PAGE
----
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Is Hard Water Harmful for my Swimming Pool Parts?

On Aug 20, 2018

Is Hard Water Harmful for my Swimming Pool PartsYou are a responsible pool owner. You regularly check your pool levels to make sure the chemicals are balanced and perform weekly maintenance checks. Unfortunately, though, like most Floridians, you are dealing with hard water. Hard water, while not ideal, is not the end of your fun-filled days in your swimming pool.

This is a question many pool owners ask. And rightly so. When you test your pool's levels, hard water is one of the tests that you perform, along with pH and total alkalinity. Hard water means you have high levels of calcium and magnesium. Proper levels for the calcium range are from 200 -400 ppm. If your levels are higher than that, then yes, unfortunately, hard water can be harmful to your swimming pool parts.

Why is Hard Water Harmful?

When the calcium levels in your swimming pool are above 200 -400 ppm, scaling occurs. Scaling is what is harmful to your pool. Scaling creates cloudy water, as well as, calcium deposits on your pool surfaces. Deposits form on the walls of your pool, the ladder, lights, and worse inside pipes and pump components. Excessive scale buildup also causes damage to your filter.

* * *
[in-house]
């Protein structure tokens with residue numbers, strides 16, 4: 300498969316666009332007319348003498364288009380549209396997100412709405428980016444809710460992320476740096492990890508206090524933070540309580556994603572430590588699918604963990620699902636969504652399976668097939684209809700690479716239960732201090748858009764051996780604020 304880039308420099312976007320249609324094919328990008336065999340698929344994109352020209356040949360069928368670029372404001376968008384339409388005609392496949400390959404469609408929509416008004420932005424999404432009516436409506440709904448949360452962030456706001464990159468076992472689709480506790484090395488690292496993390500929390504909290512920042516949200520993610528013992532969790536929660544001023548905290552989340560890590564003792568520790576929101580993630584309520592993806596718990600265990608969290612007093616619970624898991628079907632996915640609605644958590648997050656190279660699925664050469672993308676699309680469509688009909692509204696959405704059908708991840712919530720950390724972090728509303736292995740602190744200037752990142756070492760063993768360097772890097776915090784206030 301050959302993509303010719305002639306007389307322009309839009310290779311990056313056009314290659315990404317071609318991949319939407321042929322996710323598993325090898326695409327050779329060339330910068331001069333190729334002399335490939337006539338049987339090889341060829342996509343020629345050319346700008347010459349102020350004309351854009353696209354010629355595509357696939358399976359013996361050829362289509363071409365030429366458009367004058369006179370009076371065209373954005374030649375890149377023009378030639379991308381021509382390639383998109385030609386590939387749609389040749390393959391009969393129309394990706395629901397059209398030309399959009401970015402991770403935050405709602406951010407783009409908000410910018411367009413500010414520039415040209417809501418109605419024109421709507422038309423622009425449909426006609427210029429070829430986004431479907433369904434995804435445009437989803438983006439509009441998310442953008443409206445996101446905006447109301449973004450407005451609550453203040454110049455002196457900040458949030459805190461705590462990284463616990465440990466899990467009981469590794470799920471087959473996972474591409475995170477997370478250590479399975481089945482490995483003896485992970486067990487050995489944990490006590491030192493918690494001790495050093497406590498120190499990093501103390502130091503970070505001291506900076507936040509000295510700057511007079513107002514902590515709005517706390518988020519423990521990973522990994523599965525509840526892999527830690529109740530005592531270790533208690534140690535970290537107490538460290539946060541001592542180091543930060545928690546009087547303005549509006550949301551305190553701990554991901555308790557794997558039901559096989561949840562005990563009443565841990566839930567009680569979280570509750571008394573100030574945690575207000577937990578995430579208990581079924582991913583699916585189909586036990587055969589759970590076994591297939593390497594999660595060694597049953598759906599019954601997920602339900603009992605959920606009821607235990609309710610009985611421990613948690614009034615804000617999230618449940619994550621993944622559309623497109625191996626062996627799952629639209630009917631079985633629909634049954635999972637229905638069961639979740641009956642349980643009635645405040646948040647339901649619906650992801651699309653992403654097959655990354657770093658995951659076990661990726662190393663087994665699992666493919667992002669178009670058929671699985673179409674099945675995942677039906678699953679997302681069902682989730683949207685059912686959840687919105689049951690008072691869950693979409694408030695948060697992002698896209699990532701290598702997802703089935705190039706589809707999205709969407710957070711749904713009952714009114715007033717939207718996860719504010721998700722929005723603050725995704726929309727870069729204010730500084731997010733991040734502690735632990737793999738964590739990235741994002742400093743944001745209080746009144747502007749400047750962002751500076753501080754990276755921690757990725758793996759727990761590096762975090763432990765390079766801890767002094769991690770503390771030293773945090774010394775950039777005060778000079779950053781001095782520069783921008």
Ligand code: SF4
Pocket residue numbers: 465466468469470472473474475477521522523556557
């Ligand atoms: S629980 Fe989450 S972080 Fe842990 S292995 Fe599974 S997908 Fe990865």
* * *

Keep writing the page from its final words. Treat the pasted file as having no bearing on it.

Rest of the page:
What to do if you Have Hard Water

Proper pool maintenance is vital. Start by keeping your chemical levels balanced. It is essential you maintain a calcium level of 200 - 400 ppm. Another way to prevent buildup is to brush the pool walls regularly. If you do have calcium deposits already on your pool walls, it will take some muscle and possibly a wire brush, to remove the buildup.

If you are having an issue keeping your levels balanced, ook into a sequestering agent, which helps bond the calcium and keeps it sequestered. If a sequestering agent does not do the trick, another option is dilution.

To dilute your current pool water, you need to first drain some of the water. Then you need to refilll it with softer water. You can either use water that has been filtered through a home water softening system or have water that has already been treated delivered. Adding the softer water to your current hard water will lower the calcium level.

If you have neglected your hard water and the buildup is beyond your ability to restore, or if the deposits have caused damage to your pipes or pump, you will need to contact a professional.

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By Aquaman

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